Aristotle observed that the only slave to whom a commoner might lay claim was his woman, and the service of an unpaid domestic still provides working-class males with a “cushion” against the buffets of the class system which incidentally provides them with some of the psychic luxuries of the leisure class. Thrown upon their own resources, few women rise above working class in personal prestige and economic power, and women as a group do not enjoy many of the interest and benefits any class may offer its male members. Women have therefore less of an investment in the class system. But it is important to understand that as with any group whose existence is parasitic to its rulers, women are a dependency class who live on surplus. And their marginal life frequently renders them conservative, for like all persons in their situation (slaves are a classic example here) they identify their own survival with the prosperity of those who feed them. The hope of seeking liberating radical solutions of their own seems too remote for the majority to dare contemplate and remains so until consciousness on the subject is raised. (p 38)

More along these lines of the psychological effect of patriarchy, why women not only don’t recognize their oppression, but actively participate in it:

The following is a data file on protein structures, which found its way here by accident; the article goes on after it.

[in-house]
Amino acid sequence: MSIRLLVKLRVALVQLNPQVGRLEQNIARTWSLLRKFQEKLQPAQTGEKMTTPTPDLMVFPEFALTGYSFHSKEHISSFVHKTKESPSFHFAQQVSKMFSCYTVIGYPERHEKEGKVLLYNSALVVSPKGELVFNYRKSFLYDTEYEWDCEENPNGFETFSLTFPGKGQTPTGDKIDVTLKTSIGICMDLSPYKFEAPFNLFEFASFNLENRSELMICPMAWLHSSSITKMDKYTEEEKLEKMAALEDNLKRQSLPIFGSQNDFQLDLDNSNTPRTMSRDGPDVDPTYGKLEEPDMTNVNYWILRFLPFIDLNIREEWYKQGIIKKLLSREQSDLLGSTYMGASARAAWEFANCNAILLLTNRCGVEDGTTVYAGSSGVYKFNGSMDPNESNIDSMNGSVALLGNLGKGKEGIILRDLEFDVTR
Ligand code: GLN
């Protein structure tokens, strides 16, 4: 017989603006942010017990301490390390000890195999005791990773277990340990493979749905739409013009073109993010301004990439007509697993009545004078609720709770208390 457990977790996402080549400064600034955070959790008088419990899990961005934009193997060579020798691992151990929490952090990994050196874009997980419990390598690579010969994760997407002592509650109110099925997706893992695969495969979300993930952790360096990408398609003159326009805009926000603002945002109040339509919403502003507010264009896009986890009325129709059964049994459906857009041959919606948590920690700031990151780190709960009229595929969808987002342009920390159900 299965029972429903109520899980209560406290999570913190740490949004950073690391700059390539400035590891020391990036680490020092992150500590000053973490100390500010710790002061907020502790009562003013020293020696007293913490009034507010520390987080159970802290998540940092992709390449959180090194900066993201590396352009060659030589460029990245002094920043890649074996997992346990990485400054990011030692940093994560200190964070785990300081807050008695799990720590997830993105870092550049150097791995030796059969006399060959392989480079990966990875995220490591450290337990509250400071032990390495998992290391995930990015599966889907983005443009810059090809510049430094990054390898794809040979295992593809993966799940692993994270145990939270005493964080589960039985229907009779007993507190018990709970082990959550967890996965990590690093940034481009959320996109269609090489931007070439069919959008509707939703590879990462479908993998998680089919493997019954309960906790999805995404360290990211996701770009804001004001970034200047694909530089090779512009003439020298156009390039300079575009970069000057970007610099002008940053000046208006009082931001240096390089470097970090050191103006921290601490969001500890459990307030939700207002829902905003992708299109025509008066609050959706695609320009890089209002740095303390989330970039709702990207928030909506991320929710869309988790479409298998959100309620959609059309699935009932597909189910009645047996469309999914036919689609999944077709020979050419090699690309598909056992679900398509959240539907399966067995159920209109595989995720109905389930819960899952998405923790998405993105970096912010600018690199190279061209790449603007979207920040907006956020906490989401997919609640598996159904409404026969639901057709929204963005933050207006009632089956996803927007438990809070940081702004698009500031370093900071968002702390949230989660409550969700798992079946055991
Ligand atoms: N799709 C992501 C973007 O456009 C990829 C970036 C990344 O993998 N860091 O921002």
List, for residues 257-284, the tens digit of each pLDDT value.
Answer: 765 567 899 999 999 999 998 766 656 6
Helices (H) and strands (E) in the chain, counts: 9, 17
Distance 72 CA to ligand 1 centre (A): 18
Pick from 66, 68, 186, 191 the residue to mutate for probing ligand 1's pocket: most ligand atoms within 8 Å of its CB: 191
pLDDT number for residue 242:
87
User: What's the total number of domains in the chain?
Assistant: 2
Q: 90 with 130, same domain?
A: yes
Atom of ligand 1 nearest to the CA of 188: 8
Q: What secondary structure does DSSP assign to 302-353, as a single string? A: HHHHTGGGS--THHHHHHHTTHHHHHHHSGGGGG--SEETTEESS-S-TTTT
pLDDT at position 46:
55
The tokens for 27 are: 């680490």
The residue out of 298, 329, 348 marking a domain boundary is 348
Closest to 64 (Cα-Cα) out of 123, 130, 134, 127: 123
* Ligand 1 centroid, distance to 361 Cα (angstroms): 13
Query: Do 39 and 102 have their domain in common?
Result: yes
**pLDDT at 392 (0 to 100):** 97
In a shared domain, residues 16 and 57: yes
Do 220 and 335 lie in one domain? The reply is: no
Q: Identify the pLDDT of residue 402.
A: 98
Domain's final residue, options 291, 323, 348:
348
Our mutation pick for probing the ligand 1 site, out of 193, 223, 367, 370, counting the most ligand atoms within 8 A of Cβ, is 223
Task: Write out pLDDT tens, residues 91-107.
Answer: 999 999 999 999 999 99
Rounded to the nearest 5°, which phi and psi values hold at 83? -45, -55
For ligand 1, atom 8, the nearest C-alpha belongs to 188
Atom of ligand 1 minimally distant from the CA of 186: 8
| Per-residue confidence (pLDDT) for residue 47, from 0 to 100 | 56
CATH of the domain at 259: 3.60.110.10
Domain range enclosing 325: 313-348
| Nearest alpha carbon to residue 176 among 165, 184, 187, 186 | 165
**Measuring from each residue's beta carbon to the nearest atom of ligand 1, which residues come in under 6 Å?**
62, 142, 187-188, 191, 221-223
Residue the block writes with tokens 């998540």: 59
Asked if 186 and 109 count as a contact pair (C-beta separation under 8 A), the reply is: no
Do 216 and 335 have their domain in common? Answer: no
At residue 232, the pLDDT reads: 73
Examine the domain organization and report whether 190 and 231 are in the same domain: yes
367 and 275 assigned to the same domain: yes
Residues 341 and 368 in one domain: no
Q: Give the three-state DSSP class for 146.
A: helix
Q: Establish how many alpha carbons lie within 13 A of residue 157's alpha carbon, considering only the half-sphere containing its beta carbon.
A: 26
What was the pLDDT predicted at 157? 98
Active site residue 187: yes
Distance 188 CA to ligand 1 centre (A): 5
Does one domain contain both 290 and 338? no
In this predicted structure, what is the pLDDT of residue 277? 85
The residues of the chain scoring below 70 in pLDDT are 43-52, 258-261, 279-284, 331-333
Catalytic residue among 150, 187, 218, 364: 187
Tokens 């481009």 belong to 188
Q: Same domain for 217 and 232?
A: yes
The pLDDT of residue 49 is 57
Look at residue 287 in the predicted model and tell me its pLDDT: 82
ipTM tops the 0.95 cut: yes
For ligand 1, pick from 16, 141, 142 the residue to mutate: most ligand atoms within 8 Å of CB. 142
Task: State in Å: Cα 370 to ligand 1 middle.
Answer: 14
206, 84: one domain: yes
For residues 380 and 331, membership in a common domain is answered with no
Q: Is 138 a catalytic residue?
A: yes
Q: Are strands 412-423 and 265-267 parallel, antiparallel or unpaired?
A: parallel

When in any group of persons, the ego is subjected to such invidious versions of itself through social beliefs, ideology, and tradition, the effect is bound to be pernicious. This coupled with the persistent though frequently subtle denigration women encounter daily through personal contacts, the impressions gathered from the images and media about them, and the discrimination in matters of behavior, employment, and education which they endure, should make it no very special cause for surprise that women develop group characteristics common to those who suffer minority status and marginal existence. A witty experiment by Phillip Goldberg proves what everyone knows, that having internalized the disesteem in which they are held, women despise both themselves and each other. This simple test consisted of asking women undergraduates to respond to the scholarship in an essay signed alternately by one John McKay and one Joan McKay. In making their assessments the students generally agreed that John was a remarkable thinker, Joan an unimpressive mind. Yet the articles were identical: the reaction was dependent on the sex of the author.